Jordan has developed a singular style of painting with brightly colored inks on matte-surface mylar. He creates his images with a limited number of transparent colors, building layers of ink to create a wider range of blended colors. He draws his images on paper first, then lays the translucent mylar over his paper and uses his drawing as a guide for painting.
Although he often creates portraits, Jordan chose a jellyfish as his subject today. He had already created a composite image on his computer with the shape and composition he wanted to use as a reference. The transparent, flowing, luminous shapes of this particular subject seem especially well suited to Jordan’s style and technique. He worked with his surface flat on a table for most of the day, then place his work vertically on an easel toward the end to allow some of the ink to flow down the page for extra visual interest.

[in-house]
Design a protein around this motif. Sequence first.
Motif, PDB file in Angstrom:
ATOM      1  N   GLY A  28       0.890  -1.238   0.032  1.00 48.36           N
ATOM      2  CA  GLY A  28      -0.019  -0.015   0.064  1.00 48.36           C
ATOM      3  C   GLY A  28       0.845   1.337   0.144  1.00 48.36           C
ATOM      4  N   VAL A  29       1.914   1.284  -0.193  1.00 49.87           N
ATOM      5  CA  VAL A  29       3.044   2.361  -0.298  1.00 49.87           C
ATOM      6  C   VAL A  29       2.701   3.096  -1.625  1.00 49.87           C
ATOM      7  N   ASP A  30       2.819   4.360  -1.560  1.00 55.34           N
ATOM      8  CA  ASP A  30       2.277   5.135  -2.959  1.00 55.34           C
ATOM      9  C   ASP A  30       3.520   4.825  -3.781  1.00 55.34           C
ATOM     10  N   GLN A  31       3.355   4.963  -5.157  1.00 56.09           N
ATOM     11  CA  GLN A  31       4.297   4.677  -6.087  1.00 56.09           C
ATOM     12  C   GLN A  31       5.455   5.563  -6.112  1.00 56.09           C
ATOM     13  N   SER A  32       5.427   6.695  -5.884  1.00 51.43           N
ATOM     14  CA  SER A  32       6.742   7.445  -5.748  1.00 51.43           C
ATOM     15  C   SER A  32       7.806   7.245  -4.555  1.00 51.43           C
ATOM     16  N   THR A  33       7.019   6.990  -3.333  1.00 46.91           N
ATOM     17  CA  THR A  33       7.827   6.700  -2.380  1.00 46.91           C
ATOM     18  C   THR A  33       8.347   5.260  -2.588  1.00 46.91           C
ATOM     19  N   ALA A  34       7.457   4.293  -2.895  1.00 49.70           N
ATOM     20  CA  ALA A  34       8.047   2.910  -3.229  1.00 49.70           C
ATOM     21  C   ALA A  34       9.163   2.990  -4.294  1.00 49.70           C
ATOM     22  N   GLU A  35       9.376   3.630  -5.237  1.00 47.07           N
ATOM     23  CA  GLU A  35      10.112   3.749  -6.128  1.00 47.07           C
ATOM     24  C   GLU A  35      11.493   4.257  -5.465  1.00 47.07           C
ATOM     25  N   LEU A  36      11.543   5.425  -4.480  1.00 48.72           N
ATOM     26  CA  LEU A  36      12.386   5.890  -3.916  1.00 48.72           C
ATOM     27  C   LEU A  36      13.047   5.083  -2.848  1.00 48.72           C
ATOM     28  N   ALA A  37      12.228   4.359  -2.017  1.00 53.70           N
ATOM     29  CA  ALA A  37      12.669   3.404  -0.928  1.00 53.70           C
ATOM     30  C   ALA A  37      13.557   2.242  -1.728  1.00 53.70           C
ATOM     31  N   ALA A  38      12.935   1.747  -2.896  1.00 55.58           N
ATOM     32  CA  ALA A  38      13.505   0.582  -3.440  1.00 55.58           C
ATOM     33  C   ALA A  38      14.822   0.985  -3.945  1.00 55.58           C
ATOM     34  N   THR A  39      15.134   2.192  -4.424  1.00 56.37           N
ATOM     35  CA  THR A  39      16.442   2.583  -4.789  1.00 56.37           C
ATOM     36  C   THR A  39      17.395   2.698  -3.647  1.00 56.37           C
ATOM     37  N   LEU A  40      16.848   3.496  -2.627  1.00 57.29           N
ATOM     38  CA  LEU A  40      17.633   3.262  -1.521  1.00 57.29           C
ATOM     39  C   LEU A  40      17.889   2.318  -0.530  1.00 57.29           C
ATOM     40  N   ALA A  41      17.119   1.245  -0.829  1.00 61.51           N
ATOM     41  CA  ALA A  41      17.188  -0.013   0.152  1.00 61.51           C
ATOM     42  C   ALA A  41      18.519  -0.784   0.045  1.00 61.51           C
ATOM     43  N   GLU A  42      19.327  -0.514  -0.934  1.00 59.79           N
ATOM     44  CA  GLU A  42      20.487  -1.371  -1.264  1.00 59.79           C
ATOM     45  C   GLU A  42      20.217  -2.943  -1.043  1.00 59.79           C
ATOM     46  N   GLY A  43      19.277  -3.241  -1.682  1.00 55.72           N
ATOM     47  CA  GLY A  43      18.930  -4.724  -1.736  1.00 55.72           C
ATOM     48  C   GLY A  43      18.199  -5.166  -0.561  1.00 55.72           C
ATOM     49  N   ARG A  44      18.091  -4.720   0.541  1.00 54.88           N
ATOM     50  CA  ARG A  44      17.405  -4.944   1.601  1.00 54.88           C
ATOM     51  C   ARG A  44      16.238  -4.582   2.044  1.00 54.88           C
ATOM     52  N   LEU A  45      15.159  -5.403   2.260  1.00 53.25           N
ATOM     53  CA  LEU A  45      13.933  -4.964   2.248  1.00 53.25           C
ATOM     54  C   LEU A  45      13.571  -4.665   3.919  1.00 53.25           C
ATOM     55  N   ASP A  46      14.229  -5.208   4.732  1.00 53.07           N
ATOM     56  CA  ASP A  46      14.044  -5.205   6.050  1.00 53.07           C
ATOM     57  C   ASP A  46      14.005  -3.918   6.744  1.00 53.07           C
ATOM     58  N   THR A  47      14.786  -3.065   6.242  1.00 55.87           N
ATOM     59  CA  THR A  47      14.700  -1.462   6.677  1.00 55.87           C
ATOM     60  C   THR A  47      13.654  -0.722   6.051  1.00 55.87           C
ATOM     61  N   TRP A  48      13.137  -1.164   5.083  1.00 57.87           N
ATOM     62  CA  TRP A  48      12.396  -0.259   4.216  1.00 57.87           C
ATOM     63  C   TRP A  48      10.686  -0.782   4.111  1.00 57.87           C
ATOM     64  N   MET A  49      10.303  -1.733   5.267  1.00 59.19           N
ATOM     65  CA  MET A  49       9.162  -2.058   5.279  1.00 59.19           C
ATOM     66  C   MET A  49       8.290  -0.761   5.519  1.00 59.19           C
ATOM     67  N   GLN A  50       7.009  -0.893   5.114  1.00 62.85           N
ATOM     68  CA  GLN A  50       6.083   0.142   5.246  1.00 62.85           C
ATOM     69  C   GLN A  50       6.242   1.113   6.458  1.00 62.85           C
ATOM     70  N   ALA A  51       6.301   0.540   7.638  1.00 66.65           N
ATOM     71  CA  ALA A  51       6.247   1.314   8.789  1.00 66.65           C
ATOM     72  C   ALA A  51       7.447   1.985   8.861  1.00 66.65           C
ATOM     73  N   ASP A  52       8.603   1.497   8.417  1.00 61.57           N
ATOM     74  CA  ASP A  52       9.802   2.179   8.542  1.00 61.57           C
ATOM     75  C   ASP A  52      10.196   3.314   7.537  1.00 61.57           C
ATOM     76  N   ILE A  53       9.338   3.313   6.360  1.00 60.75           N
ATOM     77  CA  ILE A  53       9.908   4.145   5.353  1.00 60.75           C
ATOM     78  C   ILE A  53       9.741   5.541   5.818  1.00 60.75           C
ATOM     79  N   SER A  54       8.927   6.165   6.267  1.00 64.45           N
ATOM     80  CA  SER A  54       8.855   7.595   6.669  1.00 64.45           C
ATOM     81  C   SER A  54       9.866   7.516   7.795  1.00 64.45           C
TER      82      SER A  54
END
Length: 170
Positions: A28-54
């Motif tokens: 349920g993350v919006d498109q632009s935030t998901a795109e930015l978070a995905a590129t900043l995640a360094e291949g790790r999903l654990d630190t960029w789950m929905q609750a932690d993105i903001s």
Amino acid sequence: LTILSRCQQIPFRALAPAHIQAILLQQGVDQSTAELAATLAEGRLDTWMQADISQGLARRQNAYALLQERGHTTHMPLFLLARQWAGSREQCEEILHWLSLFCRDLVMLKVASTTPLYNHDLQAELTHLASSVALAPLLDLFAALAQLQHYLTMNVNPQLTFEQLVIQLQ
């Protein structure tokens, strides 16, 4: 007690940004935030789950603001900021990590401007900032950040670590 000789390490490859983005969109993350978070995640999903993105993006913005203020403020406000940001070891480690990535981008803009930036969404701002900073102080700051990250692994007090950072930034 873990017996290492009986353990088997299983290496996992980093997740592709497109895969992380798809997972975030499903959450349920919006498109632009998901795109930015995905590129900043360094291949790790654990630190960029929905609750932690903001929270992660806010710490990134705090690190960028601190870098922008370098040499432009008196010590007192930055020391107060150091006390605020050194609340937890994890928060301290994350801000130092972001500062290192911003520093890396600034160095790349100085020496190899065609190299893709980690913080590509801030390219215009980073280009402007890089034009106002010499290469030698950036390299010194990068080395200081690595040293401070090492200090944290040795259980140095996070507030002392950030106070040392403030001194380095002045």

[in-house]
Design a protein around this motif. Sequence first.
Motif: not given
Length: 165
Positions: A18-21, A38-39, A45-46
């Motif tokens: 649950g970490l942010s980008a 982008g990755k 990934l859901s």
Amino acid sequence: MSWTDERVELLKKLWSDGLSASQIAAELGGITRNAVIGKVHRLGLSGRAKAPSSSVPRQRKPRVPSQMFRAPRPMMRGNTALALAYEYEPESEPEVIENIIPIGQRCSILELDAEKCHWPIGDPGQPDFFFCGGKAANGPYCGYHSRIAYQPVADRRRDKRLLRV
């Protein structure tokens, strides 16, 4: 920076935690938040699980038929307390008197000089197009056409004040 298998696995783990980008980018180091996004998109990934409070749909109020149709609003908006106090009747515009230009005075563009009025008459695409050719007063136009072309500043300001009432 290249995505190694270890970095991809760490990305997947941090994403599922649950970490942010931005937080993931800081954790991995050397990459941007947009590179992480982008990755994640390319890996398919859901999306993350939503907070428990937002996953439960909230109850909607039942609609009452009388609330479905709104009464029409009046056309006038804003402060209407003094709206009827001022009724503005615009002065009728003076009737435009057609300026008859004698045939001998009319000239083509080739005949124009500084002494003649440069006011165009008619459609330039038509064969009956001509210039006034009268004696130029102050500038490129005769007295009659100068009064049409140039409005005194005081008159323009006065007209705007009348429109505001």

The medium of ink on mylar leaves almost no room for changing one’s mind or doing things over. Transparent inks won’t cover up mistakes, and once the ink is on the mylar, the color cannot be removed. Given the challenges of his medium, we’re especially glad that Jordan was willing to work in a public setting with so many potential distractions!
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